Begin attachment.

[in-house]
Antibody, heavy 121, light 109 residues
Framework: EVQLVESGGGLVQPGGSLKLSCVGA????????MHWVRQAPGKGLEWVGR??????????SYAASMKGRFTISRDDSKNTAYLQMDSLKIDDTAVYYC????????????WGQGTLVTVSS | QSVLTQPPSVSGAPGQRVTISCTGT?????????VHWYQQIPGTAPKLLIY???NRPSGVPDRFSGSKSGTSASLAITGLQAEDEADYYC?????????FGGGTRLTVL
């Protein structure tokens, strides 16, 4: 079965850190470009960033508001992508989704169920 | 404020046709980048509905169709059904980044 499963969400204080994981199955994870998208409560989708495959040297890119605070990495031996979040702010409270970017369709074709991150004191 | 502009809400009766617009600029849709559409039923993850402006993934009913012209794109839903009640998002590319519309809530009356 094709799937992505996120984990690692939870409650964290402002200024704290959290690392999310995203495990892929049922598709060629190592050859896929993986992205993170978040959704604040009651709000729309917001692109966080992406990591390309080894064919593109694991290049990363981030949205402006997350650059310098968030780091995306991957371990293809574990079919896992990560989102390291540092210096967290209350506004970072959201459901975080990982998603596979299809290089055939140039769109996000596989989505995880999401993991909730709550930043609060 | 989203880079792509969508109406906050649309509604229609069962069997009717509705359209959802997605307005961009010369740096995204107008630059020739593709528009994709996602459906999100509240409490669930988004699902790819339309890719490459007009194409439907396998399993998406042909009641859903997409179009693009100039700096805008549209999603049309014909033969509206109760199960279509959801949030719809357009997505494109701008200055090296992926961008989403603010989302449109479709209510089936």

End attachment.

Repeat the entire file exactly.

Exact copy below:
[in-house]
Antibody, heavy 121, light 109 residues
Framework: EVQLVESGGGLVQPGGSLKLSCVGA????????MHWVRQAPGKGLEWVGR??????????SYAASMKGRFTISRDDSKNTAYLQMDSLKIDDTAVYYC????????????WGQGTLVTVSS | QSVLTQPPSVSGAPGQRVTISCTGT?????????VHWYQQIPGTAPKLLIY???NRPSGVPDRFSGSKSGTSASLAITGLQAEDEADYYC?????????FGGGTRLTVL
């Protein structure tokens, strides 16, 4: 079965850190470009960033508001992508989704169920 | 404020046709980048509905169709059904980044 499963969400204080994981199955994870998208409560989708495959040297890119605070990495031996979040702010409270970017369709074709991150004191 | 502009809400009766617009600029849709559409039923993850402006993934009913012209794109839903009640998002590319519309809530009356 094709799937992505996120984990690692939870409650964290402002200024704290959290690392999310995203495990892929049922598709060629190592050859896929993986992205993170978040959704604040009651709000729309917001692109966080992406990591390309080894064919593109694991290049990363981030949205402006997350650059310098968030780091995306991957371990293809574990079919896992990560989102390291540092210096967290209350506004970072959201459901975080990982998603596979299809290089055939140039769109996000596989989505995880999401993991909730709550930043609060 | 989203880079792509969508109406906050649309509604229609069962069997009717509705359209959802997605307005961009010369740096995204107008630059020739593709528009994709996602459906999100509240409490669930988004699902790819339309890719490459007009194409439907396998399993998406042909009641859903997409179009693009100039700096805008549209999603049309014909033969509206109760199960279509959801949030719809357009997505494109701008200055090296992926961008989403603010989302449109479709209510089936």